Telework job sites are little windows to the industry. Traditionally, since at-home jobs were so scarce but demand so high, these sites bulked up by collecting long-expired leads, listing the names of companies that hired two teleworkers 10 years ago and posting entrepreneurial opportunities growing truffles in the basement.
Now that real at-home jobs are becoming available in a variety of industries, sites such as Telework Recruiting, are fattening up in kind. How do you know which ones are legit? You don’t.
How do I know? I get on the phone with the folks behind them to see what they’re all about — as I’ve done in the past with Whydowork.com and Staffcentrix’s Rat Race Rebellion newsletter (see editorial links below).
Pam La Gioia launched Telework Recruiting.com 12 years ago after getting burned herself by a telework jobs site. After paying $35 for six months’ access, La Gioia says she got a disorganized list of companies, many of which didn’t offer telework anymore.
La Gioia lets job seekers post their resumes on her site for free, lets companies post their jobs for free and charges a one-time $39.99 fee for access to job listings. Currently there are 1,418 companies that regularly hire teleworkers posted on the site, and many hundreds of individual job listings, posted by date. Telework Recruiting also offers employers recruitment services and workers resume services.
When I asked La Gioia how people know her job site is legit, she echoed me: “They can’t. It aggravates me that I can’t prove it. This is my bread and butter.” She does have plenty of e-mails from satisfied members — she sent me a few -- and offers a two-day money-back guarantee. One good sign: No big, blazing banner ads proclaiming I can make $5,000 a day stuffing envelopes. There are a few small Google ads making questionable claims, but La Gioia buries them.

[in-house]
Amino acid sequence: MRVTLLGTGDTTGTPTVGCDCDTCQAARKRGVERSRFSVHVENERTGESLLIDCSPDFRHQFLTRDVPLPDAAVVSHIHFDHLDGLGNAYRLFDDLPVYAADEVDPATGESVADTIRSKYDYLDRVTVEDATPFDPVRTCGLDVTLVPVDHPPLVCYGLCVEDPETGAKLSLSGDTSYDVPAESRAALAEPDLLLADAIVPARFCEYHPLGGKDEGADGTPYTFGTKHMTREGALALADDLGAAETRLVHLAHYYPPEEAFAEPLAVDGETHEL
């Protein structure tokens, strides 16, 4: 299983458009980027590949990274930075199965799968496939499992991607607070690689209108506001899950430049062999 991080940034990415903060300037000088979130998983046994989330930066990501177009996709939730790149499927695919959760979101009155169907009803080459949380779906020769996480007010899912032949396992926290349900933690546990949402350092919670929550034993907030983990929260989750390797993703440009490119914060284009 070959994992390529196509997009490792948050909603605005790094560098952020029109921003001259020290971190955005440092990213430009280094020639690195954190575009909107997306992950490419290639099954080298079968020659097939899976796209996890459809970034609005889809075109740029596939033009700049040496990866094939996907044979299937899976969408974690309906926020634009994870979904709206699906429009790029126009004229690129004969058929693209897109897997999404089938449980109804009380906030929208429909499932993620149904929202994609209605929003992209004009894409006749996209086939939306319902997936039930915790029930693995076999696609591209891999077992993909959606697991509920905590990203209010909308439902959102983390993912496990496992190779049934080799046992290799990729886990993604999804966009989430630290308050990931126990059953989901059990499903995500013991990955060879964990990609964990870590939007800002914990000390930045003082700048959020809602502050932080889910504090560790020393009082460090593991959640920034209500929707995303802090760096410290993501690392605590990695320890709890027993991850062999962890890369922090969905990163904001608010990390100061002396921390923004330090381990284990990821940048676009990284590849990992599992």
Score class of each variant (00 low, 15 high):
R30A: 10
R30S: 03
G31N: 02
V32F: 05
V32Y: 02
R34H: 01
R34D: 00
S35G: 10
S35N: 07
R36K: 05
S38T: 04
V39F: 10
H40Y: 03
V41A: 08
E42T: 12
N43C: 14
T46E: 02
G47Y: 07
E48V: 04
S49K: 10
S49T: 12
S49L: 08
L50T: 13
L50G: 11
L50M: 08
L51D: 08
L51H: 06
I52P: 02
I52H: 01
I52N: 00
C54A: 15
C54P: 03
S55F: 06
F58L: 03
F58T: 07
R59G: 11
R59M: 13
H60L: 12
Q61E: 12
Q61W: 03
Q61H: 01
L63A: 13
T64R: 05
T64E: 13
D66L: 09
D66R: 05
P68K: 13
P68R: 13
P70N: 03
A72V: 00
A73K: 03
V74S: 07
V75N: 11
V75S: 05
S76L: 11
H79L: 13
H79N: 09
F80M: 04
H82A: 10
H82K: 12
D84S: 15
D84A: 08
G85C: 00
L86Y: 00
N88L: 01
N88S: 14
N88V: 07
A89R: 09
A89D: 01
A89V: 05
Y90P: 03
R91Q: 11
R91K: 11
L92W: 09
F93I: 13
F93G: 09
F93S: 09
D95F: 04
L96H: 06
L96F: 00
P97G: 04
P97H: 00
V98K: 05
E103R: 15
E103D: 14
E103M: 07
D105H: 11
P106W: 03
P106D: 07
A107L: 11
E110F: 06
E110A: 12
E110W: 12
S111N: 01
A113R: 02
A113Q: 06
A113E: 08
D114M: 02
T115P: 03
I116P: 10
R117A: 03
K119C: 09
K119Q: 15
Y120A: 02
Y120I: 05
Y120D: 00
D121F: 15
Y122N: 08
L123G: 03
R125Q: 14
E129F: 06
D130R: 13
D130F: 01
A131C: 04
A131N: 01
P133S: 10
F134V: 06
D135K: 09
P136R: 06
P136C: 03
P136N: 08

La Gioia’s time –the Chicago native works from her new home in Corbin, Kentucky - is split between finding new jobs and employers, and culling her own site for dead links and outdated listings. And it shows. I trolled around the site for a couple of hours and was impressed. The format is clean and easy to navigate. Clicking on a job category (courthouse researchers, animal care, captioning, insurance, news monitoring, teaching, transcription, writing, etc.) takes you to a split page with relevant employers on the left and job listings on the right. The links all go to specific HR pages or pop open an e-mail field to query the company.
In most categories there were at least a couple of new jobs posted within the past month. She says she leaves job leads up (dated) for several months because “companies hiring teleworkers now, will likely hire them again.” A member forum is moderated by La Gioia’s colleague, who posts job leads of her own (often from craigslist) and offers advice and support. But La Gioia says the best way to land a good telework job is to query frequently hiring companies directly.
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